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Open Journal System: Academic Misconduct

This guide aims to familiarize faculty, student, and staff users to the open journal system (OJS) through a series of tutorials, videos, and links to helpful information on the Web.

Academic Misconduct

Academic misconduct (such as plagiarism) are two interrelated and core concepts that are central to the integrity of scholarly communication.  These concepts entail that authors--student, faculty, and researchers outside academia) hold themselves to a standard of ethical conduct while presenting their research in presentations and formal publications.  Authors are expected to ensure that -- apart from their own (unless already published elsewhere) -- they acknowledge and cite any outside information (data, analysis, interpretation, and representation) included in their analysis, interpretations, and representations (such as visualizations and figures).  A belated discovery of plagiarism is embarrassing to all parties: publishers, institutions, and the authors themselves, as those articles end up being retracted and removed.  Journal editors must exercise their authority over the peer review process.  In academia (and in K-12 as well), faculty must exercise the same authority while students must understand the consequences of plagiarism.  Publishers and institutions alike have utilized plagiarism detection tools and techniques in order to prevent academic misconduct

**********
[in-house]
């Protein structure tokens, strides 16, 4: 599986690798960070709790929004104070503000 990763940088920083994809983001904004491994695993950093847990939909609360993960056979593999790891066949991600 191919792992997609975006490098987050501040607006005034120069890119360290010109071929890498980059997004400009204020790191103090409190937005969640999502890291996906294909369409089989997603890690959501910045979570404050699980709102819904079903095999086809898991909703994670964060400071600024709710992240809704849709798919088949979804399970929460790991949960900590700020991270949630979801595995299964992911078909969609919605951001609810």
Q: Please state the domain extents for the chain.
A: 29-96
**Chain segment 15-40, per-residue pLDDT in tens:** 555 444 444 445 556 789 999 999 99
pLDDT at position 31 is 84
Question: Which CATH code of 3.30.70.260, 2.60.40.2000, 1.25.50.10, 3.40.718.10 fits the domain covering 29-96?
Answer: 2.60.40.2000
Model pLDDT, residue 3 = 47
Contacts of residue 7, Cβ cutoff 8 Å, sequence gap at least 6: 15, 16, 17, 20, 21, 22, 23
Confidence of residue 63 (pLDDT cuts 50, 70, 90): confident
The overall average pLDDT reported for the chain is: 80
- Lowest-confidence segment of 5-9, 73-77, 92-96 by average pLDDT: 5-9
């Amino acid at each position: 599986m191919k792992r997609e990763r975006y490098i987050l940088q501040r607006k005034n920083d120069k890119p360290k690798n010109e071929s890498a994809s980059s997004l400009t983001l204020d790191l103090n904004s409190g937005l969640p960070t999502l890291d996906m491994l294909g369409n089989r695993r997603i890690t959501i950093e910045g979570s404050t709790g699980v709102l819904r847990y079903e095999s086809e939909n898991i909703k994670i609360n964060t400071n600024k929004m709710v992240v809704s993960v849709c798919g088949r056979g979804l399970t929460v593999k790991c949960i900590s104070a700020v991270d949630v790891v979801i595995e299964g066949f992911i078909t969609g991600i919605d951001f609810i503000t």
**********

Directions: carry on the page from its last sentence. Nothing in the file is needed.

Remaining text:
Academic Misconduct

Resources for Plagiarism Prevention

Plagiarism Detection Software and Techniques